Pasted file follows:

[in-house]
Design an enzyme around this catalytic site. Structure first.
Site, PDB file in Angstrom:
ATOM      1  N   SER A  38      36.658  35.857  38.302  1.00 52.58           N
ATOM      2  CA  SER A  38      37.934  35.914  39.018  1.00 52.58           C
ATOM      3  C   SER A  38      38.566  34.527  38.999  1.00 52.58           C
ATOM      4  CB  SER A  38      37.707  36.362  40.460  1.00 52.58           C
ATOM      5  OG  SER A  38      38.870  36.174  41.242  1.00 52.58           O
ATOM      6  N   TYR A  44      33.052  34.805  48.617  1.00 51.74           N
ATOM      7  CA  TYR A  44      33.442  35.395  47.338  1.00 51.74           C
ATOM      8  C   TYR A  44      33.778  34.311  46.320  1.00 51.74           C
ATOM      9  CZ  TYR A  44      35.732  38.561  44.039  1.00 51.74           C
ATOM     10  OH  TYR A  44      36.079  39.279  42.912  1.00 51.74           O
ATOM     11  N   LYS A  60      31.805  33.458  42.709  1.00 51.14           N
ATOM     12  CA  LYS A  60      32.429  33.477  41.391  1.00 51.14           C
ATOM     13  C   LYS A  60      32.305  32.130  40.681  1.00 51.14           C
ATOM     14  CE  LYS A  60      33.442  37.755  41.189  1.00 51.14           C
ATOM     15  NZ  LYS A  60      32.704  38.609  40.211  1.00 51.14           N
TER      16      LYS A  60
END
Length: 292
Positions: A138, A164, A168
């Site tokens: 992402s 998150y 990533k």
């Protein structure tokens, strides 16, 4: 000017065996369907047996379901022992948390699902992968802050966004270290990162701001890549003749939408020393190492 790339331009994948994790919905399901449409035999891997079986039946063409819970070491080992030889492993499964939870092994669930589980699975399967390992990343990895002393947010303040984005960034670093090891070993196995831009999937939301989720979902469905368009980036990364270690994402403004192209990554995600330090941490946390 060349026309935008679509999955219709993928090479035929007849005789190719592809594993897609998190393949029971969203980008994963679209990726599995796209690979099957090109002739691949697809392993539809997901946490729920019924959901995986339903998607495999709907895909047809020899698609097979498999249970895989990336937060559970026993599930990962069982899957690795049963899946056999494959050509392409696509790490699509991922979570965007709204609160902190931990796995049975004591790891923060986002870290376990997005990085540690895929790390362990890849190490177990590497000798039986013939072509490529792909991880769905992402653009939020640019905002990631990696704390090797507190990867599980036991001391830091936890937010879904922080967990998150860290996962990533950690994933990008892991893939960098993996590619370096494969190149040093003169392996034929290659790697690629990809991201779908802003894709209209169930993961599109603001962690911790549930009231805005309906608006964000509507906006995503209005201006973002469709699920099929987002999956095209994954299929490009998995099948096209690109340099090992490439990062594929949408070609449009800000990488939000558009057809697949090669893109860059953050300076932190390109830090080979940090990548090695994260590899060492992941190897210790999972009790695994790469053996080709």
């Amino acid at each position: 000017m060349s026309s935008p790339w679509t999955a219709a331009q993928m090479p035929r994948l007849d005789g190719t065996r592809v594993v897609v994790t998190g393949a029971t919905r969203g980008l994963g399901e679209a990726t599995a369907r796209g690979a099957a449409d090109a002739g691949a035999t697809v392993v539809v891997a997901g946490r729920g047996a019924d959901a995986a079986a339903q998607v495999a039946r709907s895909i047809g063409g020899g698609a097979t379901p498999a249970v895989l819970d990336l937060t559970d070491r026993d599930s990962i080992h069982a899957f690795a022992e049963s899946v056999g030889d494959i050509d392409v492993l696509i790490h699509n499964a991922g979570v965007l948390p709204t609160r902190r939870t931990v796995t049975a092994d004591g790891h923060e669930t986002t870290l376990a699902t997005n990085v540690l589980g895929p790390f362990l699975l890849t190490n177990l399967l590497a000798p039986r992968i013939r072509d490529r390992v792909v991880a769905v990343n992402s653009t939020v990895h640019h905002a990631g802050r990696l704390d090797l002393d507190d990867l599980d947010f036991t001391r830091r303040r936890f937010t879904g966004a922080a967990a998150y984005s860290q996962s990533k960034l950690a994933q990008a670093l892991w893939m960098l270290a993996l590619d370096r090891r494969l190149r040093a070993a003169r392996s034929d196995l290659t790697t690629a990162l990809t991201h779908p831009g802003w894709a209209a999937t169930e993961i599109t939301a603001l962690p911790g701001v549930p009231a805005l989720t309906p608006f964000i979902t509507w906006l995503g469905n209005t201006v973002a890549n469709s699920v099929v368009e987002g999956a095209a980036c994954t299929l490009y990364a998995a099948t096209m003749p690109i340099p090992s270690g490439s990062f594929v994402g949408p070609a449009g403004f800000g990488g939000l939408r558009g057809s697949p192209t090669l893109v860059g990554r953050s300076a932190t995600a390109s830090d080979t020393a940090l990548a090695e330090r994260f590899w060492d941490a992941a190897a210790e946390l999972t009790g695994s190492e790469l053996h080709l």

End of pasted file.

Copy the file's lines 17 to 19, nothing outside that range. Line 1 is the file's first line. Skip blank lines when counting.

ATOM     14  CE  LYS A  60      33.442  37.755  41.189  1.00 51.14           C
ATOM     15  NZ  LYS A  60      32.704  38.609  40.211  1.00 51.14           N
TER      16      LYS A  60